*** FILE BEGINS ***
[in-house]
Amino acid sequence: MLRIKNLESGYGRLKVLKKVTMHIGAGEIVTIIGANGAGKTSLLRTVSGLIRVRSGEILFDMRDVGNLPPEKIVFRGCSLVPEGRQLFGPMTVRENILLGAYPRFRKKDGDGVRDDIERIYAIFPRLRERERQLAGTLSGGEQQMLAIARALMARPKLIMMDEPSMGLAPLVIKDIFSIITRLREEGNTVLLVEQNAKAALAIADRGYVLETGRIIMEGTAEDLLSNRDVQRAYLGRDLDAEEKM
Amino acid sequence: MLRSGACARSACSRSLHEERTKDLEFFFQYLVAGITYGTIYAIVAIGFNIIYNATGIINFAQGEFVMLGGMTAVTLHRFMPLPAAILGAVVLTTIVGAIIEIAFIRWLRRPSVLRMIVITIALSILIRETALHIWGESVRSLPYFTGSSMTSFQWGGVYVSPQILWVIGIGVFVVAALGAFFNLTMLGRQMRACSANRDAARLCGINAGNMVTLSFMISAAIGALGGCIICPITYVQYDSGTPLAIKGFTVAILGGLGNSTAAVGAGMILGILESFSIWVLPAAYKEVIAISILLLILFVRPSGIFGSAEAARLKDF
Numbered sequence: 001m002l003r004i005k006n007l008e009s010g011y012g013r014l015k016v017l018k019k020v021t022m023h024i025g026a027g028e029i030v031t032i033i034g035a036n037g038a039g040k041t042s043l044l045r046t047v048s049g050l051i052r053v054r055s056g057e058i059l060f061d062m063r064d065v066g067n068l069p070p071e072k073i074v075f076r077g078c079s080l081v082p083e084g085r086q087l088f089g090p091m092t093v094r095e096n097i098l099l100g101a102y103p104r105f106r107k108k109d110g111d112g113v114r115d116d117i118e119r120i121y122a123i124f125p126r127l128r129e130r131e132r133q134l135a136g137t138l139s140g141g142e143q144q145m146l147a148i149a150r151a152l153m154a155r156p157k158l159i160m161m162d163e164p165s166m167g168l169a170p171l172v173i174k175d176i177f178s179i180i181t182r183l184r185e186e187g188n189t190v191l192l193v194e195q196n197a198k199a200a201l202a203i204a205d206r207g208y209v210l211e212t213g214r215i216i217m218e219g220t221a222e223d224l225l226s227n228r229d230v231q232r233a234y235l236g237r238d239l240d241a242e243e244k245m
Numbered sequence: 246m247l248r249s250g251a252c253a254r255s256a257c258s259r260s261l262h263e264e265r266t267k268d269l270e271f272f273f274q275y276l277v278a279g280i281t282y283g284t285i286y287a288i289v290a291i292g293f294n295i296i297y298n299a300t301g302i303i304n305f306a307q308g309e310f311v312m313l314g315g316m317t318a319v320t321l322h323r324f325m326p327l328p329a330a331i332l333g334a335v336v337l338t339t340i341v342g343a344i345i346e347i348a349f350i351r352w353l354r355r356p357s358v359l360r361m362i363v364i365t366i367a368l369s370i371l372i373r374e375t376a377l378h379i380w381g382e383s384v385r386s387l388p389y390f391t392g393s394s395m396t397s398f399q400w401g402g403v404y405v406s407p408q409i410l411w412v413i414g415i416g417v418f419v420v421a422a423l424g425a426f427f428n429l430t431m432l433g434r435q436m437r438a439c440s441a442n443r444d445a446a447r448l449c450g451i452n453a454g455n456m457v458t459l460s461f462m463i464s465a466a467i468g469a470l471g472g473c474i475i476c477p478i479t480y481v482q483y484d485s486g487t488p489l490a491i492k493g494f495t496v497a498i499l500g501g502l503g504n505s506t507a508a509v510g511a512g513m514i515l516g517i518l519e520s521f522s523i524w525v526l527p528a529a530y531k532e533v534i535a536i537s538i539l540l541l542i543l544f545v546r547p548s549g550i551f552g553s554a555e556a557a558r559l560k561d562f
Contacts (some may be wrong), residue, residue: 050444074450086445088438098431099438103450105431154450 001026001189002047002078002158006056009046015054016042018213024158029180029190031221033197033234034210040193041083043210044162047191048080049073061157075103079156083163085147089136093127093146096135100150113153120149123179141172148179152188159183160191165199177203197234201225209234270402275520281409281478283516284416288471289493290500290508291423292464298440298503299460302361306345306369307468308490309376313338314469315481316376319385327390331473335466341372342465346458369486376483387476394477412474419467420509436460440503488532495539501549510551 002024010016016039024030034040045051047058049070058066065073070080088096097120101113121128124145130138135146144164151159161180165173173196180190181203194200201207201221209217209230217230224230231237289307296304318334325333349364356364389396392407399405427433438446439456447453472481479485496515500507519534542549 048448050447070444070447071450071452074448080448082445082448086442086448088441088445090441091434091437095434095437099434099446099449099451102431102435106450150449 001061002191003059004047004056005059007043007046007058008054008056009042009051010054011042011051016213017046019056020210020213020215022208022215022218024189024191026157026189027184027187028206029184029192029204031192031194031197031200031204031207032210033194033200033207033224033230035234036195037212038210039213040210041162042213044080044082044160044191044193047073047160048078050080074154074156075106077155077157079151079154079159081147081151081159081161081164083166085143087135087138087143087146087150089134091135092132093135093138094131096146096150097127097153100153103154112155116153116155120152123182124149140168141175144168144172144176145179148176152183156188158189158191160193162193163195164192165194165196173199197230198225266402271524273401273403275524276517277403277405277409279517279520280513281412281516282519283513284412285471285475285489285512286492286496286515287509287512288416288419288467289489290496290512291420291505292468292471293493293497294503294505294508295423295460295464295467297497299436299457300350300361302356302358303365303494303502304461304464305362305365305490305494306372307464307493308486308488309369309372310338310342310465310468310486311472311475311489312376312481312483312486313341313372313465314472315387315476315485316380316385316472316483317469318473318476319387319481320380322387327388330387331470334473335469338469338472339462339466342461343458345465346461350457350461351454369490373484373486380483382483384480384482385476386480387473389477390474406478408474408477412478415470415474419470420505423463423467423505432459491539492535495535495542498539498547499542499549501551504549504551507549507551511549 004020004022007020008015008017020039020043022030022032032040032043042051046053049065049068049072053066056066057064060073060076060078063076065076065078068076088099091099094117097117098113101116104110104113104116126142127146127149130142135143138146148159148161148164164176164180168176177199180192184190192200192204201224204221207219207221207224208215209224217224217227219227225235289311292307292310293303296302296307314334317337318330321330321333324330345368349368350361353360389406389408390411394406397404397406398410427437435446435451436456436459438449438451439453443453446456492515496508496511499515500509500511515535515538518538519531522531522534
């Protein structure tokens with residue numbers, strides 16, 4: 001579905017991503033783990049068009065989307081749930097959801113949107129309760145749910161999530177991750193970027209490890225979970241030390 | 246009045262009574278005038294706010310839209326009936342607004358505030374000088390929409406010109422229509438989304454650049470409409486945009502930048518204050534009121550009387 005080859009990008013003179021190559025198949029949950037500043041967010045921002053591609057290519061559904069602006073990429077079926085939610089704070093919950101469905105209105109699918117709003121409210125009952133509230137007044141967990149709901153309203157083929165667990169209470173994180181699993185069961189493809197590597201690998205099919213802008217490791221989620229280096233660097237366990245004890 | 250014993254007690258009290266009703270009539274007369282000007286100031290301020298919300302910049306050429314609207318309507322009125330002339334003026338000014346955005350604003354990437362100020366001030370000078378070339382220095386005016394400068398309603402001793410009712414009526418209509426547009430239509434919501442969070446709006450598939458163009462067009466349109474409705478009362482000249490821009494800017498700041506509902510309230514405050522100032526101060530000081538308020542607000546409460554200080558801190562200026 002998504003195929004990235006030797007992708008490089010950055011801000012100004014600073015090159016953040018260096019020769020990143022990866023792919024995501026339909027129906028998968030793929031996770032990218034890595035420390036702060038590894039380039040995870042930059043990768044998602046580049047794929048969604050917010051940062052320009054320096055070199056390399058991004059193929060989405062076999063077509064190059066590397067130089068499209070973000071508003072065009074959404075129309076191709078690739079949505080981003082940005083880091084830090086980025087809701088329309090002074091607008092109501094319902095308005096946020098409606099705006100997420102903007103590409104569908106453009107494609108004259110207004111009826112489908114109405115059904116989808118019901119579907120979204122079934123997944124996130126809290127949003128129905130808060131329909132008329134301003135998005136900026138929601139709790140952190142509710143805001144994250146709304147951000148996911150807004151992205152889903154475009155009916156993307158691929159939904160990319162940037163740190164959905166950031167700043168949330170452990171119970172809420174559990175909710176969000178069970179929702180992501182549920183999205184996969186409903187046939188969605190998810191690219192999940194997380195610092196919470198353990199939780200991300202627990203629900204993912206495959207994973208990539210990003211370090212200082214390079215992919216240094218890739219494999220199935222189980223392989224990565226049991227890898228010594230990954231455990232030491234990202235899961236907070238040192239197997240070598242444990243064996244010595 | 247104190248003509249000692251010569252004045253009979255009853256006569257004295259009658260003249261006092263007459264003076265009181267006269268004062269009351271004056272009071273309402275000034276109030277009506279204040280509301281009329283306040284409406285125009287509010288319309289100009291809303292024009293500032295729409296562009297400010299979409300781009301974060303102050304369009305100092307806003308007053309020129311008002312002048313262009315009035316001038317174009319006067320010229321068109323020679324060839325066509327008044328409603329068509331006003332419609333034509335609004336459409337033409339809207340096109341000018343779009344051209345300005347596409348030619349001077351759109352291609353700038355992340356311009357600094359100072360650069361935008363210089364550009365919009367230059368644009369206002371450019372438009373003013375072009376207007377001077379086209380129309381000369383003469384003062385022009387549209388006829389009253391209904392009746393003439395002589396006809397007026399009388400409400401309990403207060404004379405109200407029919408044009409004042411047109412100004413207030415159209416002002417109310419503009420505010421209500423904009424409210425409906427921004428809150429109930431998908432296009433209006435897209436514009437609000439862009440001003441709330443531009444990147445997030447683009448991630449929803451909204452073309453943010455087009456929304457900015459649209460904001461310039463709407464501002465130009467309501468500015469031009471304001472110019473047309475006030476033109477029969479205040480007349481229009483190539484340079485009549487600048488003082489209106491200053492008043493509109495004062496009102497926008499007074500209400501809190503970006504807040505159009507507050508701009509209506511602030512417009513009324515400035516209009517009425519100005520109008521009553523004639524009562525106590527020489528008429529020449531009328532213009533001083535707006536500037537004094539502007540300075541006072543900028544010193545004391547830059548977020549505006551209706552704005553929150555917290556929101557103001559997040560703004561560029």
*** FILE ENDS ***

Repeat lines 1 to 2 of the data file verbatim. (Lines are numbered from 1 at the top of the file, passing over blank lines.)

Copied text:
[in-house]
Amino acid sequence: MLRIKNLESGYGRLKVLKKVTMHIGAGEIVTIIGANGAGKTSLLRTVSGLIRVRSGEILFDMRDVGNLPPEKIVFRGCSLVPEGRQLFGPMTVRENILLGAYPRFRKKDGDGVRDDIERIYAIFPRLRERERQLAGTLSGGEQQMLAIARALMARPKLIMMDEPSMGLAPLVIKDIFSIITRLREEGNTVLLVEQNAKAALAIADRGYVLETGRIIMEGTAEDLLSNRDVQRAYLGRDLDAEEKM